For anyone following Newark Mayor Cory Booker on Twitter, or keeping up with him in the news, Tuesday, December 4th was the big day. Booker will try to live a week on the monetary equivalent of the average SNAP benefit, which comes out to $1.40 a meal. Newark’s mayor will demonstrate how tough it is for low-income families to cover the cost of a healthy diet, especially if the main resource for their grocery budget is SNAP, formerly known as Food Stamps.
Booker is not the first politician to take the challenge. However, his prominence has turned the endeavor into national news, and it is worth a brief discussion about how the numbers play out in Oklahoma, where 880,939 people received SNAP benefits in 2011.
First some background. The Supplemental Nutrition Assistance Program, or SNAP, is designed to do just what the name suggests: act as a supplement to other income. Recent numbers from the American Community Survey (ACS) show the program is largely living up to its name in Oklahoma, where an estimated 77% of participants are working families.
The supplemental income provided by SNAP in Oklahoma amounts to $1541.16 annually. The value is loaded onto a card, similar to a debit card, and funds can only be used on qualified food items; so no diapers, no alcohol, no dog food, and no vitamins.
To qualify for SNAP in Oklahoma, monthly household income for a family of four must fall below $2,422, or $29,064 annually. Combining the average SNAP benefit with the maximum allowable income in this scenario puts total household income at $30,605.16. According to Federal Poverty Guidelines, this combined total puts a family of four at about 137% of the poverty level. This amount is still well within the guidelines of what the government considers “low-income” in the Tulsa metro area. Obviously, SNAP is not catapulting people into the lifestyle of the upper middle class. However, the money helps alleviate hunger, and since the problem of long-term unemployment continues to worry economists, SNAP may increasingly serve as an important lifeline after unemployment benefits run out.
According to the USDA, in 2011 Oklahoma’s average SNAP benefit per person was $128.43 a month. If we divide this by a 30 day month, families are looking at a daily budget of about $4.28. Right away I see a problem with this budget compared my own eating habits. If I breakdown and buy a soda from the vending machine at work, I only have $3.03 left in my daily meal budget. My favorite protein shake, my go-to meal on a busy day, costs around $1.49 per bottle, even at the cheapest store. Clearly some changes need to be made.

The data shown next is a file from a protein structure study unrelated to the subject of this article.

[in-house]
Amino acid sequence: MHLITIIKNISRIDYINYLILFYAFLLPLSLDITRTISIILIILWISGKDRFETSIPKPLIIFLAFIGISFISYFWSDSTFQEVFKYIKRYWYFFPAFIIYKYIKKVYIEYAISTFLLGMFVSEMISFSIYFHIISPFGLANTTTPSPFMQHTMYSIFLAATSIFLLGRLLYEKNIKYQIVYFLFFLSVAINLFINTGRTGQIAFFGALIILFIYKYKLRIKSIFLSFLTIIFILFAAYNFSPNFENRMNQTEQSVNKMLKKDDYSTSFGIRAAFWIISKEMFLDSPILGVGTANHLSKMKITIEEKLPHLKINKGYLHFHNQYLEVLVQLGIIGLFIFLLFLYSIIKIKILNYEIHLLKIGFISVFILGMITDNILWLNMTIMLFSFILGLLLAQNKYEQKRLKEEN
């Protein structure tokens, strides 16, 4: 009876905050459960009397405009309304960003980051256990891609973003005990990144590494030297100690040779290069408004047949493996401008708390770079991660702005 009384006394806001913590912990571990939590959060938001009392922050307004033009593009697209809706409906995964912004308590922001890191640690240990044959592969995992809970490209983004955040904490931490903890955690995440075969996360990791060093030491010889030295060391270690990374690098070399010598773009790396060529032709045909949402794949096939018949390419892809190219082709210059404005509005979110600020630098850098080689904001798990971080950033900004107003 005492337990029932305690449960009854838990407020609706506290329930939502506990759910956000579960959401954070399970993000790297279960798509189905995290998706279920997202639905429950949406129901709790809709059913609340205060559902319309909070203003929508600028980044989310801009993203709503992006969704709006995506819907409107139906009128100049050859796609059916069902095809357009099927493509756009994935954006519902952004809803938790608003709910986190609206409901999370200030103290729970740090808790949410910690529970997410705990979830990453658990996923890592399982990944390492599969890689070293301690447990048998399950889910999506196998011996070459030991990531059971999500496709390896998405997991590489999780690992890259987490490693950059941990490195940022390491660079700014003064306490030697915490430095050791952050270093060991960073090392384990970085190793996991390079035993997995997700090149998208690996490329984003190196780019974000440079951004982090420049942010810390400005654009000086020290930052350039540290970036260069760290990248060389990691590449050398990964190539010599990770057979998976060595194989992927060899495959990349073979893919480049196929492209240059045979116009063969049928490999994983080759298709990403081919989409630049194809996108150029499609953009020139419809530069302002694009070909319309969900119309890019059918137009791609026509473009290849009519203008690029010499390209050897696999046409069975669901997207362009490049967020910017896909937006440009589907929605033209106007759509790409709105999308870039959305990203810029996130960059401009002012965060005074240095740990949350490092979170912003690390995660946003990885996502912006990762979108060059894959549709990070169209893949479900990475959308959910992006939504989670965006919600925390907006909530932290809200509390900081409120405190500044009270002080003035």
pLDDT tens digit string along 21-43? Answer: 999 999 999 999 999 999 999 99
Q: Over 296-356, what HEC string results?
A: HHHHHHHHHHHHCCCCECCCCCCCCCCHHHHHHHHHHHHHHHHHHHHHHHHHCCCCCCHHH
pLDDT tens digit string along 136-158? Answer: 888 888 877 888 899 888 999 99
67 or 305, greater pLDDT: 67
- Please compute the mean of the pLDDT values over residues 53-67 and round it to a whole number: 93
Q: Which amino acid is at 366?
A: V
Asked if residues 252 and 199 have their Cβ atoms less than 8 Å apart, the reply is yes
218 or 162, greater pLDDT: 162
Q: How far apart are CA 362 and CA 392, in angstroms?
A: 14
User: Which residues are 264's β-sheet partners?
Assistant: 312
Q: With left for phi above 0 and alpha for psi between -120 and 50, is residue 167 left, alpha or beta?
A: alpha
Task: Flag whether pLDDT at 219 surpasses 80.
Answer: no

Scanning the aisles at the grocery store I begin to see chicken noodle soup, oatmeal and beans in my future. At this point, I haven’t even accepted the challenge, and I’m looking for a way to out. How can I maintain a balanced diet on that budget? But remember, this benefit is supposed to be a supplement, so what about all that other family income?
Here’s the thing, as mentioned before, a family of four in Oklahoma can only bring in $29,064 a year to qualify for SNAP. If this family were living rent free, with no utility bills, no transportation costs and no extra money was spent on cleaning supplies, clothes, child care, medical bills, diapers or basic hygiene, their income would provide for $6.63 per person, per meal. Not too bad. However, if they needed to pay for any of the things I just excluded, the amount left over for the food budget would quickly shrink.
A recent study shows most households in the Tulsa area spend more than 45% of their income on of housing and transportation costs. Take 45% out of a SNAP family’s budget and a family of four is left with $15,985 or less a year to meet other needs. Suddenly they are down to about $3.65 a meal. And still, if the baby needs diapers, the kids need clothes, or anyone gets sick, the amount of money left over for food keeps shrinking. Also remember, the income amounts discussed in this example are the maximum allowable, not the average income of SNAP recipients, so for many Oklahoma families the food budget is even more problematic.
Rather than take the SNAP challenge, it is easier on a person’s lifestyle to just run the numbers and come to the conclusion that SNAP meets an important need for low-income families. However, actually shopping for food on a restricted budget provides a more lasting experience. Providing an experience that clears up misconceptions is the point of the SNAP Challenge. Walking a mile in your neighbor’s shoes like this may well leave people with an empty stomach, but perhaps it will also leave them with a larger heart for people in poverty.
For more information on SNAP/Food Stamp Challenges you can visit the Family Research and Action Center website.